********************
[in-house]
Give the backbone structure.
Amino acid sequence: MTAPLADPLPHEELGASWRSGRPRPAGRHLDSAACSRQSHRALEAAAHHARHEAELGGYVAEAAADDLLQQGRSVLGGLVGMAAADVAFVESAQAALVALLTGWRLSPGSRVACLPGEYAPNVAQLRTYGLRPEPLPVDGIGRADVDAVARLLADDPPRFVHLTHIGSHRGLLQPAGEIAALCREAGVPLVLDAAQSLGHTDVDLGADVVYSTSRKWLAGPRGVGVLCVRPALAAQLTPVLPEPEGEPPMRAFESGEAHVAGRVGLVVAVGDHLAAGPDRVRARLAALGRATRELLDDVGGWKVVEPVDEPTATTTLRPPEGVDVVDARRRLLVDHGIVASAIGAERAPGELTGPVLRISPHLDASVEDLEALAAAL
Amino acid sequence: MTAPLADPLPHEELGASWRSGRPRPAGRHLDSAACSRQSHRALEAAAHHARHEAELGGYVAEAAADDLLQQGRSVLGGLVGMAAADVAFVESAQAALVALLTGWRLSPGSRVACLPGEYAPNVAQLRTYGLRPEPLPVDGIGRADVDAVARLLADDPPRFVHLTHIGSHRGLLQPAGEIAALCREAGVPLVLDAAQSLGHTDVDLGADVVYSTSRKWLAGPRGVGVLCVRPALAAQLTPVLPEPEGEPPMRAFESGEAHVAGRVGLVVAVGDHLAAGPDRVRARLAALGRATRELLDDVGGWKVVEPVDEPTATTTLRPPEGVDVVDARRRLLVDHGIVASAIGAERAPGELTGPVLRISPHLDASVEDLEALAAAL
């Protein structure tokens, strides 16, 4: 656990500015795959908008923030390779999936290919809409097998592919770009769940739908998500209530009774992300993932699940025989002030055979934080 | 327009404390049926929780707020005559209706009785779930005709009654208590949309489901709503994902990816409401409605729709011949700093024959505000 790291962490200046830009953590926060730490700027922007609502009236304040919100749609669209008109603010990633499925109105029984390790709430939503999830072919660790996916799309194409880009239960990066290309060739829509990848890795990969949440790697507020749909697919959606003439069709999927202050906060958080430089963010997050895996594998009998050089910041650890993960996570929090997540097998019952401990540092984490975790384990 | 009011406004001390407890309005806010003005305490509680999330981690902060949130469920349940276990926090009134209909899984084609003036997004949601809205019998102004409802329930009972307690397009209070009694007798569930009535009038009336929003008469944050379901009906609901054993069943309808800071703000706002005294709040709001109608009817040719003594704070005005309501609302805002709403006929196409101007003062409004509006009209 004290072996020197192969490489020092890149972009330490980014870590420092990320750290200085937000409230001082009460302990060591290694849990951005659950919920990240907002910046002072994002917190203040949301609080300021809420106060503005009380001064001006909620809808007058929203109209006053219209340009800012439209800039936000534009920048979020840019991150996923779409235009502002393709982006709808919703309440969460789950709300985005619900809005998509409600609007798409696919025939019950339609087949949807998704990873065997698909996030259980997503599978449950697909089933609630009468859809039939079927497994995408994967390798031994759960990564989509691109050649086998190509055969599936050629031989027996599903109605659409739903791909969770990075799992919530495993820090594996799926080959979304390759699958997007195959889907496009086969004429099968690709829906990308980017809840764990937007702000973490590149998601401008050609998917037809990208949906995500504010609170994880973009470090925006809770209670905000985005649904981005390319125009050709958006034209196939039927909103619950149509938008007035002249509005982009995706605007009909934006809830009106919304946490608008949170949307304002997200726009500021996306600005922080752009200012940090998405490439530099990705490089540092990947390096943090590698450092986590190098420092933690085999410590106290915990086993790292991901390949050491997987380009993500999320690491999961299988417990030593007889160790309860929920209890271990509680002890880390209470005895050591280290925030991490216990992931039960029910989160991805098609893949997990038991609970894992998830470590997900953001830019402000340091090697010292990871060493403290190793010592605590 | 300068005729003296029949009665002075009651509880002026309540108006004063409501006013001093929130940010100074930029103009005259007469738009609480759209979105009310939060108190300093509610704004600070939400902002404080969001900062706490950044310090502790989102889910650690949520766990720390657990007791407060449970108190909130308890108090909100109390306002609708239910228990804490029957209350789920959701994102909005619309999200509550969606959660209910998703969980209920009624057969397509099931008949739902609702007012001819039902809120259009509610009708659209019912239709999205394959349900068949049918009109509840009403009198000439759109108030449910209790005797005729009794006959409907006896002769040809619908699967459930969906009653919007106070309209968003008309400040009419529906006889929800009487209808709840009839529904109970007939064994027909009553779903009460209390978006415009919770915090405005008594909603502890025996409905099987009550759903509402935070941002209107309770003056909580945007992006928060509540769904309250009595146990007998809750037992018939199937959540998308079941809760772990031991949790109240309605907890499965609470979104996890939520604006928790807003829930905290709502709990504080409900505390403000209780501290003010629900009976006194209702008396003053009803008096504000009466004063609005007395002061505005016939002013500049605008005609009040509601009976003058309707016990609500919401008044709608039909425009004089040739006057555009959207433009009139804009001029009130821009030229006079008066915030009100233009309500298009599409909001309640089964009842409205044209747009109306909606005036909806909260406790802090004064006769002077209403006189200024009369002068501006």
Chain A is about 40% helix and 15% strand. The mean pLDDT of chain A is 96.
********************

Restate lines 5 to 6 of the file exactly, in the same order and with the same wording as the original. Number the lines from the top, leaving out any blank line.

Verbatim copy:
């Protein structure tokens, strides 16, 4: 656990500015795959908008923030390779999936290919809409097998592919770009769940739908998500209530009774992300993932699940025989002030055979934080 | 327009404390049926929780707020005559209706009785779930005709009654208590949309489901709503994902990816409401409605729709011949700093024959505000 790291962490200046830009953590926060730490700027922007609502009236304040919100749609669209008109603010990633499925109105029984390790709430939503999830072919660790996916799309194409880009239960990066290309060739829509990848890795990969949440790697507020749909697919959606003439069709999927202050906060958080430089963010997050895996594998009998050089910041650890993960996570929090997540097998019952401990540092984490975790384990 | 009011406004001390407890309005806010003005305490509680999330981690902060949130469920349940276990926090009134209909899984084609003036997004949601809205019998102004409802329930009972307690397009209070009694007798569930009535009038009336929003008469944050379901009906609901054993069943309808800071703000706002005294709040709001109608009817040719003594704070005005309501609302805002709403006929196409101007003062409004509006009209 004290072996020197192969490489020092890149972009330490980014870590420092990320750290200085937000409230001082009460302990060591290694849990951005659950919920990240907002910046002072994002917190203040949301609080300021809420106060503005009380001064001006909620809808007058929203109209006053219209340009800012439209800039936000534009920048979020840019991150996923779409235009502002393709982006709808919703309440969460789950709300985005619900809005998509409600609007798409696919025939019950339609087949949807998704990873065997698909996030259980997503599978449950697909089933609630009468859809039939079927497994995408994967390798031994759960990564989509691109050649086998190509055969599936050629031989027996599903109605659409739903791909969770990075799992919530495993820090594996799926080959979304390759699958997007195959889907496009086969004429099968690709829906990308980017809840764990937007702000973490590149998601401008050609998917037809990208949906995500504010609170994880973009470090925006809770209670905000985005649904981005390319125009050709958006034209196939039927909103619950149509938008007035002249509005982009995706605007009909934006809830009106919304946490608008949170949307304002997200726009500021996306600005922080752009200012940090998405490439530099990705490089540092990947390096943090590698450092986590190098420092933690085999410590106290915990086993790292991901390949050491997987380009993500999320690491999961299988417990030593007889160790309860929920209890271990509680002890880390209470005895050591280290925030991490216990992931039960029910989160991805098609893949997990038991609970894992998830470590997900953001830019402000340091090697010292990871060493403290190793010592605590 | 300068005729003296029949009665002075009651509880002026309540108006004063409501006013001093929130940010100074930029103009005259007469738009609480759209979105009310939060108190300093509610704004600070939400902002404080969001900062706490950044310090502790989102889910650690949520766990720390657990007791407060449970108190909130308890108090909100109390306002609708239910228990804490029957209350789920959701994102909005619309999200509550969606959660209910998703969980209920009624057969397509099931008949739902609702007012001819039902809120259009509610009708659209019912239709999205394959349900068949049918009109509840009403009198000439759109108030449910209790005797005729009794006959409907006896002769040809619908699967459930969906009653919007106070309209968003008309400040009419529906006889929800009487209808709840009839529904109970007939064994027909009553779903009460209390978006415009919770915090405005008594909603502890025996409905099987009550759903509402935070941002209107309770003056909580945007992006928060509540769904309250009595146990007998809750037992018939199937959540998308079941809760772990031991949790109240309605907890499965609470979104996890939520604006928790807003829930905290709502709990504080409900505390403000209780501290003010629900009976006194209702008396003053009803008096504000009466004063609005007395002061505005016939002013500049605008005609009040509601009976003058309707016990609500919401008044709608039909425009004089040739006057555009959207433009009139804009001029009130821009030229006079008066915030009100233009309500298009599409909001309640089964009842409205044209747009109306909606005036909806909260406790802090004064006769002077209403006189200024009369002068501006």
Chain A is about 40% helix and 15% strand. The mean pLDDT of chain A is 96.